The Tomatometer rating – based on the published opinions of hundreds of film and
television critics – is a trusted measurement of movie and TV programming quality
for millions of moviegoers. It represents the percentage of professional critic reviews
that are positive for a given film or television show.
From the Critics
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The Tomatometer is 60% or higher.
The Tomatometer is 59% or lower.
Movies and TV shows are Certified Fresh with a steady Tomatometer of 75% or
higher after a set amount of reviews (80 for wide-release movies, 40 for
limited-release movies, 20 for TV shows), including 5 reviews from Top Critics.
Percentage of users who rate a movie or TV show positively.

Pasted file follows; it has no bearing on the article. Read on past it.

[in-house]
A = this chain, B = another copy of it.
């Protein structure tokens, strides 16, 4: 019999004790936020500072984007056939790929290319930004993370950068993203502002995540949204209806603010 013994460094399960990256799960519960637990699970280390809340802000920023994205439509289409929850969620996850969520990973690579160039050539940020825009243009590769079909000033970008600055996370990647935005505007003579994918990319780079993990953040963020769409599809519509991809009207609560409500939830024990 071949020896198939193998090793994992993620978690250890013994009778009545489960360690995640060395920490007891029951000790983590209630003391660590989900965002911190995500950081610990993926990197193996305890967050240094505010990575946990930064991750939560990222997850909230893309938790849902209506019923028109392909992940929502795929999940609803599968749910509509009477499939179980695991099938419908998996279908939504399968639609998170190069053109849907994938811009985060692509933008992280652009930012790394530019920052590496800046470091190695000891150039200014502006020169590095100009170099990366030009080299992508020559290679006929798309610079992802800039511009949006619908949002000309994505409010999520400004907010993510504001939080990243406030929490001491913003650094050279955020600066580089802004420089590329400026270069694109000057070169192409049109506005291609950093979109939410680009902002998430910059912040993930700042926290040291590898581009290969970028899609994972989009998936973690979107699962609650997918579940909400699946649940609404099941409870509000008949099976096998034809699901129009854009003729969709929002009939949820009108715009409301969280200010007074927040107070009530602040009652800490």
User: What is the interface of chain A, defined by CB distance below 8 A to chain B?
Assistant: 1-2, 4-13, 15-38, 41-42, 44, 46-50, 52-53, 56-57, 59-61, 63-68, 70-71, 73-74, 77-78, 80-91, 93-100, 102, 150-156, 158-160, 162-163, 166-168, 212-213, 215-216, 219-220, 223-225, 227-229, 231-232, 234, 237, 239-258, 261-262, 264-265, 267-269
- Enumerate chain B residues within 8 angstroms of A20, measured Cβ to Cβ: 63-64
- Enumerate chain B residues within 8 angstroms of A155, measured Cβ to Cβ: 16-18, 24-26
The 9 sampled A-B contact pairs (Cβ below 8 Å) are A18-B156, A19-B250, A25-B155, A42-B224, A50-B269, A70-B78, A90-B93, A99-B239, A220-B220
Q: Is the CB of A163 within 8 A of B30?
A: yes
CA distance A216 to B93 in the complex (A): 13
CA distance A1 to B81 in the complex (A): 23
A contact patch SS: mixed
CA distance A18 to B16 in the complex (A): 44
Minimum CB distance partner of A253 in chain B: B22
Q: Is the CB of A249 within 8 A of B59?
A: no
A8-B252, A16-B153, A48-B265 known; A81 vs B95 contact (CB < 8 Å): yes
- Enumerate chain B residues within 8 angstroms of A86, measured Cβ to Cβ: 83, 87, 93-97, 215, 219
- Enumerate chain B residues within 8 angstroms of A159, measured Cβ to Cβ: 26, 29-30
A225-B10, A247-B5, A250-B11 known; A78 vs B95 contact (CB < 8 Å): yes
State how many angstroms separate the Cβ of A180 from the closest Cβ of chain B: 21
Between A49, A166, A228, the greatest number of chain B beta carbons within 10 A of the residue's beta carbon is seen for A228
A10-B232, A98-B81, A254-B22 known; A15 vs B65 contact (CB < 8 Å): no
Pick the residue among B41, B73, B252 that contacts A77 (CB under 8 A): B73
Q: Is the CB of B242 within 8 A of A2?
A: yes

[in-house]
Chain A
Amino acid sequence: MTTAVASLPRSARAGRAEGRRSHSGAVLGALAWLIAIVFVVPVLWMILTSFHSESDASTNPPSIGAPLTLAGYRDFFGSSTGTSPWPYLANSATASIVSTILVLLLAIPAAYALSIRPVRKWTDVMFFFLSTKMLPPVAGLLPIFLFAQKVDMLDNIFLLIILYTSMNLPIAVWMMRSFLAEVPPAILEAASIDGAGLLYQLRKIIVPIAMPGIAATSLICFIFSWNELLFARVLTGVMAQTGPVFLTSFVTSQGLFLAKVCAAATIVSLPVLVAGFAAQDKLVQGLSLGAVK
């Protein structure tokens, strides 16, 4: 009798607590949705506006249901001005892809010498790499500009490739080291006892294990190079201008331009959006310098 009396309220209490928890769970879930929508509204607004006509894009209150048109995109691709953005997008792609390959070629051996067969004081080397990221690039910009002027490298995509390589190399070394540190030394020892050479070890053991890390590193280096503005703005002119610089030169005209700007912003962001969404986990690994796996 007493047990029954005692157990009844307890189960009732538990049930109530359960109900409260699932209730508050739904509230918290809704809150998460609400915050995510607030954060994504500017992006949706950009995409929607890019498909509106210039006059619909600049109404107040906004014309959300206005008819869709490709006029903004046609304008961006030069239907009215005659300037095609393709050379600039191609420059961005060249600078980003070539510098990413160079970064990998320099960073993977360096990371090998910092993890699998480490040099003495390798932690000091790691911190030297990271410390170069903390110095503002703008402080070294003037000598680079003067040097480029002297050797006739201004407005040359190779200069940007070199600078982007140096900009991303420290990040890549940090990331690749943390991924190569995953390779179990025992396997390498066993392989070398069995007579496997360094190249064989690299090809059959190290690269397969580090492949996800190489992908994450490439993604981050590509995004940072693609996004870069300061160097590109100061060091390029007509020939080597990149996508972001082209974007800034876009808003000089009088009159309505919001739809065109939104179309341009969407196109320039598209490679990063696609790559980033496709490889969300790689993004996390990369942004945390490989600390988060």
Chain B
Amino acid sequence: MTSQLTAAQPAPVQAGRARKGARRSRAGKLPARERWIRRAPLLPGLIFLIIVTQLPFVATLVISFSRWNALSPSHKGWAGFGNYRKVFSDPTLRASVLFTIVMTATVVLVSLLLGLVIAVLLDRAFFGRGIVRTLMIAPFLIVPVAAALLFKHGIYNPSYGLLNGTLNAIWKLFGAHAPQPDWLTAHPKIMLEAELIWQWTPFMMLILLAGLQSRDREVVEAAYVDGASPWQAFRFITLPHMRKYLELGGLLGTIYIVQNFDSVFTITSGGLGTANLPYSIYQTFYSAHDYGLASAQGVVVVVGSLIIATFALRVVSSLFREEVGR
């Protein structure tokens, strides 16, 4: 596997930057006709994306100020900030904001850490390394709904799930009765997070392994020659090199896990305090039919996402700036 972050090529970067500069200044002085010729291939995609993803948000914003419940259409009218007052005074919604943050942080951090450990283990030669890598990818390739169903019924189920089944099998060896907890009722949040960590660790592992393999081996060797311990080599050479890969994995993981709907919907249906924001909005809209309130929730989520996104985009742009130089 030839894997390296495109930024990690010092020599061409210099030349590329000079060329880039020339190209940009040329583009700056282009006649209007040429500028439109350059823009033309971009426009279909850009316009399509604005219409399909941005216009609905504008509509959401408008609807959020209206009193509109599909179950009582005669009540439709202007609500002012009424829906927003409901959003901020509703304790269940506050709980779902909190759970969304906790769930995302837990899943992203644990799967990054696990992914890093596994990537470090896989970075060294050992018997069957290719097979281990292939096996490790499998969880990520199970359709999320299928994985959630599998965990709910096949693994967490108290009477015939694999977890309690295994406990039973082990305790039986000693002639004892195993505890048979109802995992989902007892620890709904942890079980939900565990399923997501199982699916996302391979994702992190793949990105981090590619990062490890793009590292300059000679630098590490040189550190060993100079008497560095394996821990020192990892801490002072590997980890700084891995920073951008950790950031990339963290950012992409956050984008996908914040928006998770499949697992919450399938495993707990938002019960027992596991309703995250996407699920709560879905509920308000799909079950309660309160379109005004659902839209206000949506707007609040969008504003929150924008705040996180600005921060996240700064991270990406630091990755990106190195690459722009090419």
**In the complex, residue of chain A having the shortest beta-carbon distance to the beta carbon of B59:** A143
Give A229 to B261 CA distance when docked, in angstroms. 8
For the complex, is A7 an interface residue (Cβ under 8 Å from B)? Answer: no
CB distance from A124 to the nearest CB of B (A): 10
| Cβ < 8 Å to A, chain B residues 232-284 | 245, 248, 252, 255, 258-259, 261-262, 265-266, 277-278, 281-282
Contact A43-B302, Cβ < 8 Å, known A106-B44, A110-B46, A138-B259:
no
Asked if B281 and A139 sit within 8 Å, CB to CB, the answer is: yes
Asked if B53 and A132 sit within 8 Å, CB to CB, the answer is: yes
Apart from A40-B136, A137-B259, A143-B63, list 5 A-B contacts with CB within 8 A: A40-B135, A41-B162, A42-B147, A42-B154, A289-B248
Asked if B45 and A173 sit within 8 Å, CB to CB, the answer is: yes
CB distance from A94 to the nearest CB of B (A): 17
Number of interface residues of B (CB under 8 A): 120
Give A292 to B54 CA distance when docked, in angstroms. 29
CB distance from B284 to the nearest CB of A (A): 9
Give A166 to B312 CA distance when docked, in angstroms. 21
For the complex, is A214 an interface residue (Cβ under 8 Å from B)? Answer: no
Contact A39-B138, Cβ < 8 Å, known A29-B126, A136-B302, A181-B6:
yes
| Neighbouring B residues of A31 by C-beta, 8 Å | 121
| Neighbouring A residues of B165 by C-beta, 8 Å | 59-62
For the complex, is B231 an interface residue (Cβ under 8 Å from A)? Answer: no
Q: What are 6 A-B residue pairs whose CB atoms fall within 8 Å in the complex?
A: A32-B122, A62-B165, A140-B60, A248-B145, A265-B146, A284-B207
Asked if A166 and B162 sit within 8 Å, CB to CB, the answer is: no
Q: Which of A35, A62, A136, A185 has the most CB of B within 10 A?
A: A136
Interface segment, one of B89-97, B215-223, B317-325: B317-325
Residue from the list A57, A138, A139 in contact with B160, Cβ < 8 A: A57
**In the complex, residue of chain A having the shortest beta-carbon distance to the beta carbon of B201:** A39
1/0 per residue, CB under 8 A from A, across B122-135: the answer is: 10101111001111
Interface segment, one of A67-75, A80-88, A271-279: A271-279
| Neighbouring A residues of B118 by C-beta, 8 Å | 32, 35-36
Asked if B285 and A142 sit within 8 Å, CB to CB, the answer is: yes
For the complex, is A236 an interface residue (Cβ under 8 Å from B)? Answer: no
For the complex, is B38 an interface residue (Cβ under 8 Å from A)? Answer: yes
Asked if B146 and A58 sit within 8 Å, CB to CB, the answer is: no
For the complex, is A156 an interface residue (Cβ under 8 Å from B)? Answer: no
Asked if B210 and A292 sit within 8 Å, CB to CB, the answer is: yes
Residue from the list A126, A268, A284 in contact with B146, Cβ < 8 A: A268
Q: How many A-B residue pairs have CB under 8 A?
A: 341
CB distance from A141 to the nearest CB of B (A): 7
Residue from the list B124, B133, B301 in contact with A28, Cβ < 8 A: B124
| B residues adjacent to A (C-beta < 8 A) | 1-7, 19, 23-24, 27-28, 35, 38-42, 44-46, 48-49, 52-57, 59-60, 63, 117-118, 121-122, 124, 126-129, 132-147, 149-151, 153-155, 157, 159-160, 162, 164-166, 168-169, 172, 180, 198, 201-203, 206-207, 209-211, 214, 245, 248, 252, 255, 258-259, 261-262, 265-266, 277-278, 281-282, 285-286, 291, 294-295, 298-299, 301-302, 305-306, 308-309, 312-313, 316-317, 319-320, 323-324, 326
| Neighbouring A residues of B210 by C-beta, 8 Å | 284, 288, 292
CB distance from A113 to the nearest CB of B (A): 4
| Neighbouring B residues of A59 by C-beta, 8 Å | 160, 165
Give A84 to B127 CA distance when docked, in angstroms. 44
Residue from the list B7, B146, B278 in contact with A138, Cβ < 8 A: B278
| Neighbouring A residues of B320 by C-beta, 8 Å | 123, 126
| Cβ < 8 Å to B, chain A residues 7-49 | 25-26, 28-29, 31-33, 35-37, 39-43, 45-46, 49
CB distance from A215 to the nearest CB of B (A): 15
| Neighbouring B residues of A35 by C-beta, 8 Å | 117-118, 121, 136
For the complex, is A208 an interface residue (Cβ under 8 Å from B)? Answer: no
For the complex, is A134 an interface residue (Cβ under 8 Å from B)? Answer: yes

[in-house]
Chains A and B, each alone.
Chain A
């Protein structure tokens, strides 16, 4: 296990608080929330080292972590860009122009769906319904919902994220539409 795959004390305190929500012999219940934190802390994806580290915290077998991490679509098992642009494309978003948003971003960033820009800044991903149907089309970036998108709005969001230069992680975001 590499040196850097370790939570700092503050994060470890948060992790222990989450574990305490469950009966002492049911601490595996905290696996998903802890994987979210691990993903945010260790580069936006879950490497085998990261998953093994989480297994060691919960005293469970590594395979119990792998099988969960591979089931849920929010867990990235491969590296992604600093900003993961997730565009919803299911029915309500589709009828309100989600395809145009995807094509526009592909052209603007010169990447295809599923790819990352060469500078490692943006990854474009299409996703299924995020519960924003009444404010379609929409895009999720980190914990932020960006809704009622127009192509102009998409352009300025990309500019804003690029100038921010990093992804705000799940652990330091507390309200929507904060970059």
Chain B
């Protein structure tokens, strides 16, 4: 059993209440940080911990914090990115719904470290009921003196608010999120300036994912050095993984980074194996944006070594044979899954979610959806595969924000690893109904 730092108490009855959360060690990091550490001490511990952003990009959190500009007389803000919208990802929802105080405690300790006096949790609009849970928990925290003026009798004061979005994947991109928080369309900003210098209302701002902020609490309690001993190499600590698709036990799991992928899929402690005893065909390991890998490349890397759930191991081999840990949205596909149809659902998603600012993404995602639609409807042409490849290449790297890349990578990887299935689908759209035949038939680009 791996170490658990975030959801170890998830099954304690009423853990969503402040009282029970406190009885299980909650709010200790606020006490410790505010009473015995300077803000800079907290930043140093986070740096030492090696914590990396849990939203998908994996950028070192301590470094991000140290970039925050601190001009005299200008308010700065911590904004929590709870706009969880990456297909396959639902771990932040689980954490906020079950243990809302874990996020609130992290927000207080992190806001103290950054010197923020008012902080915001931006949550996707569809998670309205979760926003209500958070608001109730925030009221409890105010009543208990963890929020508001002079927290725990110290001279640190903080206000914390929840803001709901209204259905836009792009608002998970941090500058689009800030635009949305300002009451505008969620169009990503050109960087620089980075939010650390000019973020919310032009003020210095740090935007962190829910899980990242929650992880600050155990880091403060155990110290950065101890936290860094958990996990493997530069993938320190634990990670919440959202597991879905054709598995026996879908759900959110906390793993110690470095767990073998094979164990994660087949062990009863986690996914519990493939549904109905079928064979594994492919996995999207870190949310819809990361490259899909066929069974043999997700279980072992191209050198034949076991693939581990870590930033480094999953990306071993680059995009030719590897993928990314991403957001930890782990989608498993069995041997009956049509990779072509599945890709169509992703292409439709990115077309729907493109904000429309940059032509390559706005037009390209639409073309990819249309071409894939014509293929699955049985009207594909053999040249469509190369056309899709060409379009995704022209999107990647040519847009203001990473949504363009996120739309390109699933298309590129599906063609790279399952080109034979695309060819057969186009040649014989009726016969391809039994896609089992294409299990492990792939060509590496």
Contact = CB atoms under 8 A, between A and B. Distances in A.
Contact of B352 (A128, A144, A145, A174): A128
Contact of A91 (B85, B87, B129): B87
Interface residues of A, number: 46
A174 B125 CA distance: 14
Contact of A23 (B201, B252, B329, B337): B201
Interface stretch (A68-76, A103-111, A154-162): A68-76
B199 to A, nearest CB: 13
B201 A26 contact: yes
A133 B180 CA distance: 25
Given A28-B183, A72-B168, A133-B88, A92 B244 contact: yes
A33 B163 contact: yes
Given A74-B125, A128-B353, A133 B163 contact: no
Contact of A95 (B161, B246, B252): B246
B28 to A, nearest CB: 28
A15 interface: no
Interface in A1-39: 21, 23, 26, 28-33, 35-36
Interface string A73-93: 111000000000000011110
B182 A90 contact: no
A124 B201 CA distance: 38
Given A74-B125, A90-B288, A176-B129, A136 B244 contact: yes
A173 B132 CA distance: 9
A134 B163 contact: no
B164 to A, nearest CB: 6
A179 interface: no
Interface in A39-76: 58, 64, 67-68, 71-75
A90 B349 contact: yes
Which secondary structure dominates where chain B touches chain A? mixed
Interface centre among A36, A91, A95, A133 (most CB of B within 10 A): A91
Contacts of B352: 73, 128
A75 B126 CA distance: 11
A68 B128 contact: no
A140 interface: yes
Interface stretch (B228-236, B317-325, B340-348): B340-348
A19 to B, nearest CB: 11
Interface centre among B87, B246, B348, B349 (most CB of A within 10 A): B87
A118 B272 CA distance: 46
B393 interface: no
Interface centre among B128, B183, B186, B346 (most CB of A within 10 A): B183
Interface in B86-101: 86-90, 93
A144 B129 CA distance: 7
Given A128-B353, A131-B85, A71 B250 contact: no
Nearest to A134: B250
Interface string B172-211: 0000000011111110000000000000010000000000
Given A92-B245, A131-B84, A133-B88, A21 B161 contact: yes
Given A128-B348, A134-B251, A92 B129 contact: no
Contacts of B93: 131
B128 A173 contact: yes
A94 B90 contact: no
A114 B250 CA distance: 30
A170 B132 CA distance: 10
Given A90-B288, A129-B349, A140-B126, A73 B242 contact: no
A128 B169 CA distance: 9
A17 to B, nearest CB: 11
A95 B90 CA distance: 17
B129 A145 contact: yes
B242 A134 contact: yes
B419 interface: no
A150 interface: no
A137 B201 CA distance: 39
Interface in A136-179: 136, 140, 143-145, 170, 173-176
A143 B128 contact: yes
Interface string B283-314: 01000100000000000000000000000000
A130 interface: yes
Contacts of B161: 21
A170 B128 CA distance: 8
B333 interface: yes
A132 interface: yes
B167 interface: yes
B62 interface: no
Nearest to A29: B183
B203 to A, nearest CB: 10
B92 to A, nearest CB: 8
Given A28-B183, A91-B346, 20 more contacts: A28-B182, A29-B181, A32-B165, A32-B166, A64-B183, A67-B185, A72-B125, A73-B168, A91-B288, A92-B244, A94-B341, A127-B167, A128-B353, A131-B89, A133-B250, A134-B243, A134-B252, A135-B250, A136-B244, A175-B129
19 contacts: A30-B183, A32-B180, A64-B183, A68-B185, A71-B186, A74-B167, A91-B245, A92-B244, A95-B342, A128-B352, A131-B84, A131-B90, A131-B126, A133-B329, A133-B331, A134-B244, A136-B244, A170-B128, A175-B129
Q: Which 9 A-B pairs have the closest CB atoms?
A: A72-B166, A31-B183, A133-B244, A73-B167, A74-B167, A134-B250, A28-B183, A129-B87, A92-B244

Character actor Richard Reeves was one of the most familiar heavies in big- and small-screen crime dramas and westerns of the early/middle 1950s. In just a thin sliver of his total output, he threatened (and even tortured) friends and allies of the Man of Steel in episodes of the Adventures of Superman, murdered district attorney Robert Shayne (and got Lou Costello into terrible trouble) in the Abbott & Costello film Dance With Me, Henry, and helped scare Lucy Ricardo and Ethel Mertz half-to-death as an assassin from Franistan in an episode of I Love Lucy. Richard Jourdan Reeves was born in New York City in 1912, and his acting career seems to have begun in tandem with his World War II military service, in the movie This Is The Army (1943). Solidly built and heavy set with dark, wavy hair, Reeves went into acting in character and bit parts after the war, almost all of them uncredited until the advent of television -- when he did receive billing, it was sometimes as Dick Richards, Richard J. Reeves, and Dick Reeves. He played an array of police officers, soldiers, prison guards, laborers, and drivers in an array of films (including Abraham Polonsky's Force Of Evil and Richard Thorpe's Carbine Williams). But mostly as the 1950s wore on he gravitated toward thugs and henchmen -- though never the "brains" of the outfit -- whether in crime dramas or westerns. He made his first appearance on the Adventures of Superman in the 1951 episode "No Holds Barred" as a tough, somewhat lunk-headed wrestler working for a crooked promoter, and over the next few seasons portrayed various strong-arm men and leg-breakers working in the service of crime, on that show and others. But Reeves' seeming lack of intellect in his portrayals, and a slightly good nature that came through, often made his criminal characters in that series seem just a little sympathetic, at least compared to the men for whom they worked, and that gave his portrayals an edge that young viewers, especially, often remembered fondly. The closest he got to a role with real dignity on television in those days was in the episode of "The Boy Who Hated Superman", one of Reeves' finest acting jobs, culminating in a beautiful scene in which his rough-hewn hood, trying to hijack $5000 intended for his employer, opens a young man's eyes about the real nature of the criminal uncle he has idolized. By the mid-1950s, Reeves was ensconsed in these sorts of character roles, whether criminals, tough military men, or police officers. He also managed to impress directors and producers sufficiently to get asked back a lot on many shows -- after appearing in as an assassin from Franistan in the I Love Lucy episode "The Publicity Agent", Reeves did seven more appearances on the series across the run of the show. And his presence on western series such as The Roy Rogers Show, 26 Men, Cheyenne, and other western series was downright ubiquitous. The television work was broken up by the occasional bit part in feature films such as Androcles And The Lion (1952) and Destry (1954). His role in Dance With Me, Henry (1956) was one of his two biggest movie parts, but not his most challenging. The latter distinction was reserved for Reeves' rare chance to play a character on the side of the angels -- in Sherman A. Rose's sci-fi thriller Target Earth (1954), Reeves was cast opposite Virginia Grey as part of a quartet of survivors of an alien invasion of an American city, hiding out and trying to survive. It was his shining moment on-screen, allowing him to show a heroic, intelligent, and sensitive side (even as he strangles a man -- deservedly so -- with his bare hands in one scene). The actor was busy in the 1960s, appearing in lots of western series, and also had a bit part in Billy Wilder's Kiss Me, Stupid (1964). Reeves even managed to make an appearance in the first episode of Batman. He was still doing a mixture of television and film work at the time of his death, at age 54, in 1967.